Sad-eyed, with whitening beard, and visage lank:
Not since and not before,
Under the sunset or the mellowing moon,
Has any hand of man’s conveyed
Such meaning in the turning of a crank.
Sometimes he played
As if his box had been
An organ in an abbey richly lit;
For when the dark invaded day’s demesne.
And the sun set in crimson and in gold ;
When idlers swarmed upon the esplanade,
And a late steamer wheeling towards the quay
Struck founts of silver from the darkling
The solemn tune arose and shook and rolled
Above the throng,
Above the hum and tramp and bravely knit
All hearts in common memories of song.
Sometimes he played at speed ;
Then the Old Hundredth like a devil’s mass
Instinct with evil thought and evil deed,
Rang out in anguish and remorse. Alas !
That men must know both Heaven and Hell!
Sometimes the melody
Sang with the murmuring surge;
And with the winds would tell
Of peaceful graves and of the passing bell.
Sometimes it pealed across the bay
A high triumphal dirge,
A dirge For the departing undefeated day.
A noble tune, a high becoming mate
Of the capped mountains and the deep broad firth ;
A simple tune and great,
The fittest utterance of the voice of earth.
London River Man
As regular readers will know, the Isle of Dogs is never short of surprises, however coming across the statue of The River Man on Marsh Wall was surprising due to the fact I have walked past the statue hundreds of times without realising it was there.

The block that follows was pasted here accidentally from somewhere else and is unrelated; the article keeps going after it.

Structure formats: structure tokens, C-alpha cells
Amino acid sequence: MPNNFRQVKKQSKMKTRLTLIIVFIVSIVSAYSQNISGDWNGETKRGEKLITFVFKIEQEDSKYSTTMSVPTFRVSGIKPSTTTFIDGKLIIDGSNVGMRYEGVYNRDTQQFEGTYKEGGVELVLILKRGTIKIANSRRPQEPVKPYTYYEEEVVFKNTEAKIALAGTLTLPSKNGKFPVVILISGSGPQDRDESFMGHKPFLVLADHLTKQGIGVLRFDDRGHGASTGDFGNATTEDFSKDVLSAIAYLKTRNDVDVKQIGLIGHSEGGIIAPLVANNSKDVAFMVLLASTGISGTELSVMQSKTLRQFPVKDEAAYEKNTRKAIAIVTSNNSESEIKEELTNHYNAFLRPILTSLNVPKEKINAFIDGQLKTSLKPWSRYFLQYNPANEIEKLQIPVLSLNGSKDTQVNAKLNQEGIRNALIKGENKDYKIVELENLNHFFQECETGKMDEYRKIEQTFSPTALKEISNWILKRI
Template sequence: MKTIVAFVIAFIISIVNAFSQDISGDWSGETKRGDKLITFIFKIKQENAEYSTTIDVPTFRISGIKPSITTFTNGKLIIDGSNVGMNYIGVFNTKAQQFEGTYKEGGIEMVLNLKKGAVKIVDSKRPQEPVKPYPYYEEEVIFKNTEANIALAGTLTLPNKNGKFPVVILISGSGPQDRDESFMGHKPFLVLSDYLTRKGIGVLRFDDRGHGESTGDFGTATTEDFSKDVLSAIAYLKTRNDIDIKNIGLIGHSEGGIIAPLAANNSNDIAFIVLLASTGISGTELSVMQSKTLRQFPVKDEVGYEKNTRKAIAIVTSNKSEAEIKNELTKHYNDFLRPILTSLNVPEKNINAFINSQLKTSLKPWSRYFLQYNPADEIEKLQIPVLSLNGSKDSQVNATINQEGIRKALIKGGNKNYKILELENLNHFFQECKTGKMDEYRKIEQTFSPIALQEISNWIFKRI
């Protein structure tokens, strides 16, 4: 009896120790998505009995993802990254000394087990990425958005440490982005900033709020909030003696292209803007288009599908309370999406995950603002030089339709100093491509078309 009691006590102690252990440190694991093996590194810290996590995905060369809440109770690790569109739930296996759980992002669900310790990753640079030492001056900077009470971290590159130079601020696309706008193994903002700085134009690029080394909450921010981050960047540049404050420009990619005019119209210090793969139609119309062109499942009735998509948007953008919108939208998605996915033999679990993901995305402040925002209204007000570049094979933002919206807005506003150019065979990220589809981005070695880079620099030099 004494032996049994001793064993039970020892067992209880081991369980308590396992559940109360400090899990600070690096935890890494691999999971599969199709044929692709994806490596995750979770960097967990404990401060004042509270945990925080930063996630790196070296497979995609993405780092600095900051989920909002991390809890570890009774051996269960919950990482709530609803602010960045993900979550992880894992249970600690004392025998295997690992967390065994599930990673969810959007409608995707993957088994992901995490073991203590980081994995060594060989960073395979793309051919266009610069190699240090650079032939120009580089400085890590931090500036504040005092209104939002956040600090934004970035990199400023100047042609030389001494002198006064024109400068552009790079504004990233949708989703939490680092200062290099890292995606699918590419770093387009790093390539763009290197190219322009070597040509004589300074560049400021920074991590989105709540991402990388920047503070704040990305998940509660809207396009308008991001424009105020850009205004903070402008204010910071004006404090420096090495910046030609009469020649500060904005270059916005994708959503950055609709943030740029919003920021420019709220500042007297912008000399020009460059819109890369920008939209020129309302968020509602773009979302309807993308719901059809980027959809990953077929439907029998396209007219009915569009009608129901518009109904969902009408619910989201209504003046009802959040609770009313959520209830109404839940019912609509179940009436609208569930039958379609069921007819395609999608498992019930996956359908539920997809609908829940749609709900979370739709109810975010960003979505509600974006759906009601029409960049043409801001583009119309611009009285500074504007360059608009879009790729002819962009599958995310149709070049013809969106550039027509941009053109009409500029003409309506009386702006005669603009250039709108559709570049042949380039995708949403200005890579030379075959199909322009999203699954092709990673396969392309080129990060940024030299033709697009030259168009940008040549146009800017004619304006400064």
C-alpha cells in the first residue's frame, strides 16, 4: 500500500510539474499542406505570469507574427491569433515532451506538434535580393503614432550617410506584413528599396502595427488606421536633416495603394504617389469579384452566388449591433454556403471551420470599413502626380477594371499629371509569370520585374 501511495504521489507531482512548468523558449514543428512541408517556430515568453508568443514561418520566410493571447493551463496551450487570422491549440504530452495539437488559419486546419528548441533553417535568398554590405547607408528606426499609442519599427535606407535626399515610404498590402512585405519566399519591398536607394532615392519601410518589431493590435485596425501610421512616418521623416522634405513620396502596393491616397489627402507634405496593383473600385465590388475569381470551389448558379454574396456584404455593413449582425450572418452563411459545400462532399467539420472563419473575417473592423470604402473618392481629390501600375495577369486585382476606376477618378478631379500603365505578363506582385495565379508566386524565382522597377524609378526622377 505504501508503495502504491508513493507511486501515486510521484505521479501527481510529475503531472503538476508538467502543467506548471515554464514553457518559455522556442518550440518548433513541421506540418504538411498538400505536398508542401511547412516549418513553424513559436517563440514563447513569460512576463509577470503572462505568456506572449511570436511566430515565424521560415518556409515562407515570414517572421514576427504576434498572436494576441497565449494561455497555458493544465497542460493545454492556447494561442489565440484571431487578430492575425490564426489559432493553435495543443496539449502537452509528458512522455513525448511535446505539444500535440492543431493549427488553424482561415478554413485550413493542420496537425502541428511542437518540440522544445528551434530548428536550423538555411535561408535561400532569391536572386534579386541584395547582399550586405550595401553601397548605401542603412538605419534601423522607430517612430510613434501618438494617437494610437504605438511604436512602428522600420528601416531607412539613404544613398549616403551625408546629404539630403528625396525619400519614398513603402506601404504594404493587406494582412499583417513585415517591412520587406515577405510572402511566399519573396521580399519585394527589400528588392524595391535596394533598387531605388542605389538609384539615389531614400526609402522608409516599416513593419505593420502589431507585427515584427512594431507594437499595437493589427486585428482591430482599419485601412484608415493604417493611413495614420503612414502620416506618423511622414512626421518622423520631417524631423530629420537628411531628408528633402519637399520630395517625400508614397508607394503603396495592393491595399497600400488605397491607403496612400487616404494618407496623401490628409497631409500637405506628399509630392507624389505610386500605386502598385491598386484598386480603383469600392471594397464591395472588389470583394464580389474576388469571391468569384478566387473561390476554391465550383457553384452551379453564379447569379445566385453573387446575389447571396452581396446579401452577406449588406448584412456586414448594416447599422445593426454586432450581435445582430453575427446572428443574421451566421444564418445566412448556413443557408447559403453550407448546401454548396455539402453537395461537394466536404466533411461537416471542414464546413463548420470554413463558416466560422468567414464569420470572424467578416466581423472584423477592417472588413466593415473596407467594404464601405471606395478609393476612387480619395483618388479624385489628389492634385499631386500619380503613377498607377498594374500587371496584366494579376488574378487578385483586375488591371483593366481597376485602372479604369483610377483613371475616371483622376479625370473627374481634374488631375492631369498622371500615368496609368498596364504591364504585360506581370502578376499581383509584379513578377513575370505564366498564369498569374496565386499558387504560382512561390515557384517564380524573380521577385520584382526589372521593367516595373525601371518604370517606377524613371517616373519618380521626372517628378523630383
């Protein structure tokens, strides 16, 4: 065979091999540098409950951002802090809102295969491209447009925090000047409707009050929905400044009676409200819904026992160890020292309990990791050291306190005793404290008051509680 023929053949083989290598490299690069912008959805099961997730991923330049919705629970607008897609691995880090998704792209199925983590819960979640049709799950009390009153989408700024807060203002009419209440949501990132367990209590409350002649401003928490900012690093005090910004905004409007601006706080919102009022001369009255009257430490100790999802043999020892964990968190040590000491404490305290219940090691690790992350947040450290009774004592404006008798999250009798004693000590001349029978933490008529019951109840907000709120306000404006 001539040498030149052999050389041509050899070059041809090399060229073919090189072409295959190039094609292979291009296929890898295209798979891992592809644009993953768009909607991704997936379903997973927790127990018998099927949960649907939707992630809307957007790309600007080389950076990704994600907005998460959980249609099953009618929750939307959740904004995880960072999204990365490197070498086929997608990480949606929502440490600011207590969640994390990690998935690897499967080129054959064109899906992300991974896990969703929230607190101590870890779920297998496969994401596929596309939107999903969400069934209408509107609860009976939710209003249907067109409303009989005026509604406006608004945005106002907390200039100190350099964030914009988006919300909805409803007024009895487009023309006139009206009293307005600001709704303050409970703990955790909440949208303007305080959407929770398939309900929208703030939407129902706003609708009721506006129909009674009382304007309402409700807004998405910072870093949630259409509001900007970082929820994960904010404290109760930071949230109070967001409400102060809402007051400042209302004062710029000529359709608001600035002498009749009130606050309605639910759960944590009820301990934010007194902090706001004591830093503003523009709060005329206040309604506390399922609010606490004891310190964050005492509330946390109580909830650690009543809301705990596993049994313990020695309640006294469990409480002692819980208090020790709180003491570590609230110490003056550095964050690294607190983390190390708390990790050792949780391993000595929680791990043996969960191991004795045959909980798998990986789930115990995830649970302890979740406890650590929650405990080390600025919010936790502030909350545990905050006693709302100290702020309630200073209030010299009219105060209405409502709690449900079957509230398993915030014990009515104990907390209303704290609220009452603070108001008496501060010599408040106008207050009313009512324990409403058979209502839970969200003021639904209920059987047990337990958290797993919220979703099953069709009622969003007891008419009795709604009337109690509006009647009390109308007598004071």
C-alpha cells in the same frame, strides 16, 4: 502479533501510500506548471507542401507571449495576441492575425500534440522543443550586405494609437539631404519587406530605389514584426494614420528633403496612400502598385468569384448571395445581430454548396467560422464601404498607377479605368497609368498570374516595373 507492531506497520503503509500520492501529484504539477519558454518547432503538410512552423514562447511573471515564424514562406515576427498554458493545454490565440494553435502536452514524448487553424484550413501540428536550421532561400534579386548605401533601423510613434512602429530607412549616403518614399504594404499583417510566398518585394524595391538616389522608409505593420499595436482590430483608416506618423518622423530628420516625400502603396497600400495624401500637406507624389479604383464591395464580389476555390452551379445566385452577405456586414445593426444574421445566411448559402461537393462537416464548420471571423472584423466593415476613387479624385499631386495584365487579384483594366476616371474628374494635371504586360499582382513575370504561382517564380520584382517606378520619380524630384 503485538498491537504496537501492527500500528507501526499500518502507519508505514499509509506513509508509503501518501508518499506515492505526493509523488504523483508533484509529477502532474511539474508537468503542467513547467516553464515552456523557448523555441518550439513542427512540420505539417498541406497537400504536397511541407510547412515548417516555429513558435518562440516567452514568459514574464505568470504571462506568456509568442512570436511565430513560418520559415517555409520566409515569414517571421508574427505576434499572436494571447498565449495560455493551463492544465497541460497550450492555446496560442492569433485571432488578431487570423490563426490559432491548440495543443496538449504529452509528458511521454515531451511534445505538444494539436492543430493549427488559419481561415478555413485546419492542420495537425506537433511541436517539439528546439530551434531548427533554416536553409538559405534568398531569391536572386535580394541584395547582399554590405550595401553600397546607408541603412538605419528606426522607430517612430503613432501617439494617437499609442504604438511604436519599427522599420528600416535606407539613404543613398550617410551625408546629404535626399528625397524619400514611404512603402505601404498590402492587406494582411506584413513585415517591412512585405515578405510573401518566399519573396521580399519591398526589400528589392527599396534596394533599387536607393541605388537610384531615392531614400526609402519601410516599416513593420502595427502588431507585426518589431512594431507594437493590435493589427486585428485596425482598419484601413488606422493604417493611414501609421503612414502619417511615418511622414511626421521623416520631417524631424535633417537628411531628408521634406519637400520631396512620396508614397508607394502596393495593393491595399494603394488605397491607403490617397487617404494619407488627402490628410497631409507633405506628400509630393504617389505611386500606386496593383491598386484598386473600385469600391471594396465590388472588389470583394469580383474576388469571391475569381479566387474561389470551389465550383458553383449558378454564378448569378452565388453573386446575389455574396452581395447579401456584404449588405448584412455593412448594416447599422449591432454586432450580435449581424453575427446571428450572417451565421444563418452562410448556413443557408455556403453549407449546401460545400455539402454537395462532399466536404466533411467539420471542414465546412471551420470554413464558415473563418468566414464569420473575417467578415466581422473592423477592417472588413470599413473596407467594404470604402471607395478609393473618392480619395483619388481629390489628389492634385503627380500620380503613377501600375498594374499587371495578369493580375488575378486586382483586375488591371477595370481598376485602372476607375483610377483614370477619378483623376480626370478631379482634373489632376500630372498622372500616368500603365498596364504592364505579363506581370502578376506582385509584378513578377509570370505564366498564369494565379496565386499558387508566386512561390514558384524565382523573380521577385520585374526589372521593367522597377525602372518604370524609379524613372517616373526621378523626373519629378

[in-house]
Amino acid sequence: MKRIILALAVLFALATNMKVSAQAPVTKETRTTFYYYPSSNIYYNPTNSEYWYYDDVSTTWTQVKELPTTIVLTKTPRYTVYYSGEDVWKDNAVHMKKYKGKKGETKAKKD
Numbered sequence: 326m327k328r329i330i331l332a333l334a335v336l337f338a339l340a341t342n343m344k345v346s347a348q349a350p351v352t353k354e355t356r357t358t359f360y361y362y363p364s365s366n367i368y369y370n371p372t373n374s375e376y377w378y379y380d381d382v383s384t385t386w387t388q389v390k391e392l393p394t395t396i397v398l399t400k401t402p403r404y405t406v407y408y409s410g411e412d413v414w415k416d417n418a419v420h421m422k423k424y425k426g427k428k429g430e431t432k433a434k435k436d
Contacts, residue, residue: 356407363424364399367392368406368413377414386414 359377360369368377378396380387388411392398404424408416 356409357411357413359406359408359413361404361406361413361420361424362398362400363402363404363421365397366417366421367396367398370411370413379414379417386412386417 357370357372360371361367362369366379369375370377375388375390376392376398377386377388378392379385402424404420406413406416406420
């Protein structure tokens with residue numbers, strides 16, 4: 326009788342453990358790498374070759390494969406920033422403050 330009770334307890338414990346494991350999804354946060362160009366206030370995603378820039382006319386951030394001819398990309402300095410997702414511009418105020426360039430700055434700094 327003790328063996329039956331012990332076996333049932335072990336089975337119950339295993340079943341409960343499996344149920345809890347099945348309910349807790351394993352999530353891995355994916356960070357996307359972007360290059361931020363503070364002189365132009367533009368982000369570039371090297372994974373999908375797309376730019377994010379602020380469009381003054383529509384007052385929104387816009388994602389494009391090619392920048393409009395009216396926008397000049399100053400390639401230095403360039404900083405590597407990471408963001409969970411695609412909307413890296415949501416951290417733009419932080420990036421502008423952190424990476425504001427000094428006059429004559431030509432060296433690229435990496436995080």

In my defence its position in front of Ensign House near Admirals Way is obscured by buildings and the DLR.
The statue was made by John W Mills in 1987, The statue is about 75% life size with the Figure being around 145cm high.
John Mills has a reputation as one of Britain’s leading sculptors with recent high-profile works such as the “Memorial to the Women of World War 2” which is now situated in Whitehall and the National Firefighters Memorial outside of St Pauls Cathedral.
“This sculpture salutes all London river workers – toshers
bargees – dockers – ale tasters – coalheavers – ferrymen”
John Mills was born in London in 1933, he studied at Hammersmith School of Art and the Royal College of Art.
In addition to his work as a sculptor, he worked as a teacher up to the 1980s.
In the last 40 years he has had One Man Exhibitions all over the UK and around the world. His work is collected by the Royal Family and many prestigious galleries and Museums.
His work is probably known to most of us through his awarding winning designs for coins at the Royal Mint in the 1990s.
As well as the large public statues, he also created statues of as diverse figures as Jackie Milburn in the North East and Alan Turing in Guildford
National Firefighters Memorial outside of St Paul’s Cathedral
Memorial to the Women of World War 2 in Whitehall
Greenwich Steam Ferry
There has been a ferry service between the southern tip of the Isle of Dogs and Greenwich since at least the 17th century, the early ferry was called Potter’s Ferry whose rights were coveted by Watermen who wished to control this lucrative route. Up to 1812 the Ferry was limited to foot passengers but then a horse ferry was established.